Background Depression is a major risk factor for self-harm and suicide, and a leading cause of disability. Many people who experience depression do not come to the attention of health services. Cognitive behaviour therapy (CBT) is effective in managing depression, however, few CBT therapists, limited access and high cost are significant barriers to accessing CBT.
Aims/Objectives/Purpose To evaluate proven internet-based interactive and personalised CBT and depression literacy (DL) programmes from Australia in terms of their effectiveness in reducing depression, anxiety, alcohol use, and self-harm, and enhancing quality of life in the general population.
Methods A national, exclusively web-based trial (http://www.otago.ac.nz/rid) was conducted with over 700 participants who were randomly assigned to a CBT, DL (interventions) or control group. After completing a baseline mental health survey, they worked through a 4-week programme (intervention or control) followed by an immediate survey on their mental health. Then they completed online mental health surveys at 6 monthly intervals until 24 months had elapsed.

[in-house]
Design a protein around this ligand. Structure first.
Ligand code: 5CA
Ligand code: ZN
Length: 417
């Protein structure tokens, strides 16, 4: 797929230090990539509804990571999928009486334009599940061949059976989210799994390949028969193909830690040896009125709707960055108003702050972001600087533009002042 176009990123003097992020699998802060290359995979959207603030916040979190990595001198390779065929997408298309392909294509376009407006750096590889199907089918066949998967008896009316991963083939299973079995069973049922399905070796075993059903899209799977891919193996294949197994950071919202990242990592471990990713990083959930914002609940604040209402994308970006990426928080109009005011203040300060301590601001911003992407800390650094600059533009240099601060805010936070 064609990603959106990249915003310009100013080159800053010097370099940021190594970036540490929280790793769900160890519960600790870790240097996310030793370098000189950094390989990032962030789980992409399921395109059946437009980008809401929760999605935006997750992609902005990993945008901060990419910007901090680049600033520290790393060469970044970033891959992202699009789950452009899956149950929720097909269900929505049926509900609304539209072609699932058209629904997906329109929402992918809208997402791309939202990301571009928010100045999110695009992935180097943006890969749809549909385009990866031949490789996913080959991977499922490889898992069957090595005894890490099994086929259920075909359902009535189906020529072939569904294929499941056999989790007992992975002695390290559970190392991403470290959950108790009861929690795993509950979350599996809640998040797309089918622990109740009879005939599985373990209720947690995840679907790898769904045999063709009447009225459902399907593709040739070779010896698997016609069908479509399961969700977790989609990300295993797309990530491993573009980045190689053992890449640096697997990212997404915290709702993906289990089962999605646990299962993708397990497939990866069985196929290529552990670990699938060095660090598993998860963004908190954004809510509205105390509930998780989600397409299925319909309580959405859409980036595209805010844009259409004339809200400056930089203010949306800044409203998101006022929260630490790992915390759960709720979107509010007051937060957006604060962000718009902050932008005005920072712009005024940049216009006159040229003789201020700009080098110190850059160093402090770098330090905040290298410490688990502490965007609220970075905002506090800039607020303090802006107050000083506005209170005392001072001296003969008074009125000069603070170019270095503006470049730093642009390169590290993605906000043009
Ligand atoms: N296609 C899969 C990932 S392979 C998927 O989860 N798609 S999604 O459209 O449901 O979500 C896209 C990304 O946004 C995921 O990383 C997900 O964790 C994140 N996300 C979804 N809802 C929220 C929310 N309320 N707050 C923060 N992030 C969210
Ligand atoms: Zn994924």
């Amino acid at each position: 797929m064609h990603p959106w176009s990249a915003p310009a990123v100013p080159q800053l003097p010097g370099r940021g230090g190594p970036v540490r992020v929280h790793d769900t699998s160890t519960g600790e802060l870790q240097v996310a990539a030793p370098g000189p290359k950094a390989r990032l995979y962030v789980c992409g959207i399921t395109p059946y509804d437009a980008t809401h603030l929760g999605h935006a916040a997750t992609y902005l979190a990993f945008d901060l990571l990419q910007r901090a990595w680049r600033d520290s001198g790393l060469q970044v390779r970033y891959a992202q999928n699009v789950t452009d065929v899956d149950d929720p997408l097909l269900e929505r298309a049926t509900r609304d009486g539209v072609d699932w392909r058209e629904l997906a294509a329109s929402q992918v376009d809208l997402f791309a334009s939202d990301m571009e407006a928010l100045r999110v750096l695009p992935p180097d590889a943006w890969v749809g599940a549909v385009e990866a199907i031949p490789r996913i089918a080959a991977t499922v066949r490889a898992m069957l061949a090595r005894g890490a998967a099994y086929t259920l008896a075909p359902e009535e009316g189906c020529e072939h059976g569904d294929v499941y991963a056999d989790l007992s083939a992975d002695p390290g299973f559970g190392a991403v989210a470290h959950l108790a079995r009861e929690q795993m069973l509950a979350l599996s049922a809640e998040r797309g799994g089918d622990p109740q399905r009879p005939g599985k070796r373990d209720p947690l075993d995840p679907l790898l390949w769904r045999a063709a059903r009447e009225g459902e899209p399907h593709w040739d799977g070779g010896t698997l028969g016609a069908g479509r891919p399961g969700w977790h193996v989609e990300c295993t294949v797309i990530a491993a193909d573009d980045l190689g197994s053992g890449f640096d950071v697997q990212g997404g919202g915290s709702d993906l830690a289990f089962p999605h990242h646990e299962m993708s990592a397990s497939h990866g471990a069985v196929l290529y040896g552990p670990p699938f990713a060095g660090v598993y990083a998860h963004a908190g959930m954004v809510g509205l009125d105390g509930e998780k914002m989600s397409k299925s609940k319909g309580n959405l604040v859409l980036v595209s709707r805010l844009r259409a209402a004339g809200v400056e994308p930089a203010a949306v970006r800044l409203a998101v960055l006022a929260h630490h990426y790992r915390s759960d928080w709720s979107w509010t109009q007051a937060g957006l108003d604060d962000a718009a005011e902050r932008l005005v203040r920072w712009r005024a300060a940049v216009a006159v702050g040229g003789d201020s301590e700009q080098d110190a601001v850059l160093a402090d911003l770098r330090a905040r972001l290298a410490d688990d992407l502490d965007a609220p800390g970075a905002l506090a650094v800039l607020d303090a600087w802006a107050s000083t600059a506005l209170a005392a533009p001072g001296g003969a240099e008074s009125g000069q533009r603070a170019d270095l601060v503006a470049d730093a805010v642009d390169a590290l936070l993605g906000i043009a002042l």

Results/Outcomes Many participants reported that they did not have a preference for which of the three trial groups they would be randomly assigned to and gave altruistic reasons for taking part in the trial. Results will be presented on the immediate impact of the online interventions on mental health and well-being.
Significance/Contribution to the Field The initial findings are relevant to the Government's new national strategy to implement online psychological therapies in the general population and thereby provide a wide range of suitable mental health treatments for consumers.
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